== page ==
Saw an interesting article on the front page of this morning's Sunday paper
about the 2008 Mercury Mariner Hybrid. Didn't even know it existed.
Looking at cars.com, edmunds.com, consumer reviews are very positive, with
people getting an average of 30-35 MPG city/hwy/mixed.
Looks like a nice car, and I plan to have a look at one tomorrow. Anybody
with any thoughts about it? Is it nice, is there a long wait to get one
from a dealer, are they on 3-6 mo back-order like Priuses? Can you
negotiate with the dealer on price, unlike with Priuses?
Thanks for any and all feedback!
it's not a car, it's a truck. It is registered like a truck and it meets
truck safety standards. It also handles differently than a car.
and I plan to have a look at one tomorrow.
Depends on the supply. I suspect that the price of gas will start going
down at the end of the summer and drop pretty far, to around $3 per
gallon once the crude oil bubble bursts. If that is the case, it should
be easier to get one in the fall. Of course, that is my best guess about
what is going to happen.
Check out the Ford Escape Hybrid and Mazda Tribute Hybrid. They're all
the same vehicle with different badges. You might be able to get one
significantly cheaper than another or with the options you want.
I don't know about your state but in most states, SUVs like the Mariner,
Escape and Tribute are registered and insured as cars, not trucks. SUVs
like the Mariner, Escape and Tribute must meet the same NHTSA safety
standards as cars, as well
That's funny: Ford is listing the Escape with its trucks, not its cars.
Why do you think it does that?
Gee, that's just stupid. SUVs have higher centers of gravity and are
more likely to roll over than cars. The Feds may soon require stronger
roofs for SUVs.
If I'm not mistaking, it's actually a Ford/Mercury with a Toyota Hybrid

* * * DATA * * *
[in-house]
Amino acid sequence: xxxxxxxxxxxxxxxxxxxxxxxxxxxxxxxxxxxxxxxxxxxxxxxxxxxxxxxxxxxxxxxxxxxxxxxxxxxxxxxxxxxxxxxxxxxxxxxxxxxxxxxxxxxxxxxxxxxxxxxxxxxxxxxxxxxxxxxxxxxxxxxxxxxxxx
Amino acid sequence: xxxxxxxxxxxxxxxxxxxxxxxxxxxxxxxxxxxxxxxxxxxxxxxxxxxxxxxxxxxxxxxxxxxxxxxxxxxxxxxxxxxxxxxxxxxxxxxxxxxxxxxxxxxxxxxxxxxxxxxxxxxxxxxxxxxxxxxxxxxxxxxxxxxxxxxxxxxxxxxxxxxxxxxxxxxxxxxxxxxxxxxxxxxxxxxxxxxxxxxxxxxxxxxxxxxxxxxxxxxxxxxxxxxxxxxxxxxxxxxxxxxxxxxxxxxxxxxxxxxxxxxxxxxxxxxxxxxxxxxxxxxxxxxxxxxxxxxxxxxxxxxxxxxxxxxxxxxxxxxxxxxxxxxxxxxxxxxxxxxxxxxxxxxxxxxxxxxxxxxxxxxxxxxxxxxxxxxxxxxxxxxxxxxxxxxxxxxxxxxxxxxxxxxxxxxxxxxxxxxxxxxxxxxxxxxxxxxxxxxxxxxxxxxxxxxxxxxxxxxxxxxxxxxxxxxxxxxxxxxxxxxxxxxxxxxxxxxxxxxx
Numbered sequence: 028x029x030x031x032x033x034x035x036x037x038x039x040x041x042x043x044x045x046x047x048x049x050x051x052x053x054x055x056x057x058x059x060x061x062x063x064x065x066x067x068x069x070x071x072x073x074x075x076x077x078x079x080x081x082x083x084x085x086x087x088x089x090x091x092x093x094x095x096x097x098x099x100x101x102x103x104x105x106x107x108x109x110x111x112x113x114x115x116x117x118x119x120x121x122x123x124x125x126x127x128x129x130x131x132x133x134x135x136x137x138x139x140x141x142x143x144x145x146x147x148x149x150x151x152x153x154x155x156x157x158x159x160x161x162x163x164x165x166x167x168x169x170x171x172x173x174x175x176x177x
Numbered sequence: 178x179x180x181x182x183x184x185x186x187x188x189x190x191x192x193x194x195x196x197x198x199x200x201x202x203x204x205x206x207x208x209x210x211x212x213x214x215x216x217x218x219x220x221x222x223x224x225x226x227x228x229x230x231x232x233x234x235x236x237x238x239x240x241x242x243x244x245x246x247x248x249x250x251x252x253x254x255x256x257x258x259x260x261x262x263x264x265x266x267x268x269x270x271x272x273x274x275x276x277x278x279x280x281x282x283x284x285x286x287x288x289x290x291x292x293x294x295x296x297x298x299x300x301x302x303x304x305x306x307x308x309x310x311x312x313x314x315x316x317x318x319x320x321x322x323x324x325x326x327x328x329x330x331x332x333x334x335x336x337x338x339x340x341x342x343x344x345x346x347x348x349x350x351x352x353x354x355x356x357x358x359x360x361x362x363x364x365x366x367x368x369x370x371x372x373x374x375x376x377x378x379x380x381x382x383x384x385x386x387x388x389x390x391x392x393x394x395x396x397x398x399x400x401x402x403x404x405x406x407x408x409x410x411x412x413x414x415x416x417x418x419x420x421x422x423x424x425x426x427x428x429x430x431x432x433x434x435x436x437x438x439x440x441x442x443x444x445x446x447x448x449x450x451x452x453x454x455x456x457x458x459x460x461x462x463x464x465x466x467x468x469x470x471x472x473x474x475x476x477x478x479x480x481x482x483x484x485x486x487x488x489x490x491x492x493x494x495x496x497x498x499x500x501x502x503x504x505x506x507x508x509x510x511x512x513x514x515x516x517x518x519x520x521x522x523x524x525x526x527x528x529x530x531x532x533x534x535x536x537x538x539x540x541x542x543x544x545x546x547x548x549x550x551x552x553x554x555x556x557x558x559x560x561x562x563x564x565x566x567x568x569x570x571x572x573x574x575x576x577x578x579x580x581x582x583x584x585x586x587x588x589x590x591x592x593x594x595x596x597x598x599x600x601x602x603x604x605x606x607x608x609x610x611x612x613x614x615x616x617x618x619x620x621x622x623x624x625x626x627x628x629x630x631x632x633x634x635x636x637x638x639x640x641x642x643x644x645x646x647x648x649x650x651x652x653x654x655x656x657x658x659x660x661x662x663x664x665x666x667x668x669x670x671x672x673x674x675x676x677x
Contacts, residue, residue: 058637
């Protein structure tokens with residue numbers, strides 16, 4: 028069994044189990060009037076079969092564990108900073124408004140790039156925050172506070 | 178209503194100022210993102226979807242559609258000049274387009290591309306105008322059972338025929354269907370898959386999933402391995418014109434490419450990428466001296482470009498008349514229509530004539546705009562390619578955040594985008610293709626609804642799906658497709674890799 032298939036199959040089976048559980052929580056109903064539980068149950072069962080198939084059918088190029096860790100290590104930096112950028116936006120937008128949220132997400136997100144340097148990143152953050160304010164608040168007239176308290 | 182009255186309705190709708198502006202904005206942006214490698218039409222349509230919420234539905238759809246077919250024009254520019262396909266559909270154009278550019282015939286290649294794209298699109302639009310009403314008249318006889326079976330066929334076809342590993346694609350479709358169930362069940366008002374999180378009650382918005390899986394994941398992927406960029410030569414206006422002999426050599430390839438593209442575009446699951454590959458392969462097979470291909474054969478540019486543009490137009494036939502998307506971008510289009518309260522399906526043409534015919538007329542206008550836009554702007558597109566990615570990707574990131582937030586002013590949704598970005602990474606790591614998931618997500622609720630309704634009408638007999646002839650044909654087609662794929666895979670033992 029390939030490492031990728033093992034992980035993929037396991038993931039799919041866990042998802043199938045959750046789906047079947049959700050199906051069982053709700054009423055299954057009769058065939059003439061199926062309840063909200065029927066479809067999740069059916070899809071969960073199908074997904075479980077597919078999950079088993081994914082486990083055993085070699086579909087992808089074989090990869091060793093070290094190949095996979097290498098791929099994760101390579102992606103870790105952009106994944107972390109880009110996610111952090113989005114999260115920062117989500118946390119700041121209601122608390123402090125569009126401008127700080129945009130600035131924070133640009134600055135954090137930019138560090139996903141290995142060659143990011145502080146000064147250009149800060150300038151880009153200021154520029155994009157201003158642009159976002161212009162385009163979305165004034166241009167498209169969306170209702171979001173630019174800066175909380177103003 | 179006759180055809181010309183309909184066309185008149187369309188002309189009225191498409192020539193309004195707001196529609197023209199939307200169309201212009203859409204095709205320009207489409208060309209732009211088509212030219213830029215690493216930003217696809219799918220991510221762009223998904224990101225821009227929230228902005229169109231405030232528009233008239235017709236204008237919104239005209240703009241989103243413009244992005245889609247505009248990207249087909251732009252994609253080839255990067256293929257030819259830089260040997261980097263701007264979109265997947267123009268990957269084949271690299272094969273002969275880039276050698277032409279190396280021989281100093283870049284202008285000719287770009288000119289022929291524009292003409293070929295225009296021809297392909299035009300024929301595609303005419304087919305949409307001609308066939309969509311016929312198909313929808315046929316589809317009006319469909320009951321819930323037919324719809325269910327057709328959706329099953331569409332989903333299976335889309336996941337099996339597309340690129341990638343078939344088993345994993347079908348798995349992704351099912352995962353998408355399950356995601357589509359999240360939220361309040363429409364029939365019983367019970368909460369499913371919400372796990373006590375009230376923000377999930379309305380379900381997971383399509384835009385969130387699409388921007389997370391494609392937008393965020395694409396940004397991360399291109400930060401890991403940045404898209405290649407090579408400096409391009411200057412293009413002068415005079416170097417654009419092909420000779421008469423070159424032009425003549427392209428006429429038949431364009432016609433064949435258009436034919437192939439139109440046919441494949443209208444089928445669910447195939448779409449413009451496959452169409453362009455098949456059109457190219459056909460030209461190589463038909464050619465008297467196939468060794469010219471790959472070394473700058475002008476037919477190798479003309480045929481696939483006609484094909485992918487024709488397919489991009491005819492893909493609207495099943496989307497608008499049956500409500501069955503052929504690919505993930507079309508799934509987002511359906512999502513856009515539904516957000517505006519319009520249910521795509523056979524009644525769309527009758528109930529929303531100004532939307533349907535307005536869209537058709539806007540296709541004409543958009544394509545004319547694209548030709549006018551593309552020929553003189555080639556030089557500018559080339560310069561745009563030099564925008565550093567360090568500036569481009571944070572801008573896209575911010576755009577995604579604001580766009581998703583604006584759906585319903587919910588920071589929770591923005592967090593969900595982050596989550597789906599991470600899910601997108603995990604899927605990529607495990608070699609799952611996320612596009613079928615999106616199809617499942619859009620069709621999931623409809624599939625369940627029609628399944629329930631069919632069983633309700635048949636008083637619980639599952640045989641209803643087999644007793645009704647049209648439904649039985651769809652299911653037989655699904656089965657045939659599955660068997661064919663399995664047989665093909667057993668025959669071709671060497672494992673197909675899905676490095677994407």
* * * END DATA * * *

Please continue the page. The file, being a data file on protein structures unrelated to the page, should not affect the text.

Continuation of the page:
system... or that was the case when they were first introduced.
Considering the reliability of Toyota, I'd say it would be an excellent
Obviously the article I read neglected to mention this, particularly the
I stand corrected, and thanks for the info.
Interesting considering Volvo does not have a Hybrid in their line up to my
I bought an Escape Hybrid in Sept and according to the car's computer, i"m
getting about 22 MPG combined driving. I do have the 4WD version which
isn't as good as the 2WD for milage and I have a bit of a lead foot for
acceleration (not so much for top speed). FWIW
I am changing jobs and expect much more highway driving. I am interested to
see how that works out. I also wonder if calculating milage with the old
fashond fill the tank and reset the odometer method will be better than what
the computer states because I think it inadequately accounts for idling with
engine off like in a drive through line as opposed to a short stop at a
In northern CA at least you can still buy one from dealer stock same day no
waiting if you have good credit but don't expect any incentives. Just about
every Ford sale does not benefit the Hybrids. If you wanted a deal, you
missed it when they sold out the o7's with the old body style last year.
If you just want good highway milage don't bother with the extra expense of
the hybrid, just get the 4cyl Escape/Mariner or whatever and save well over
a few grand. If you really do a lot of city driving (or stop and go jams)
then a hybrid may be an advantage. The first ten or so miles in the morning
while it warms up the engine, it will not run in battery mode so very short
and infrequent trips also offer little advantage (another factor in my low
milage) over a 4cyl engine
They are way greener WRT emissions but only marginally better than a similar
weight 4cyl engine car or small SUV and only with the right driving
conditions and style. My favorite thing was the CVT trnasmission because it
makes the car accelerate very smooth. I'm quite satisfied overall after
driving the same Explorer for 15 years.
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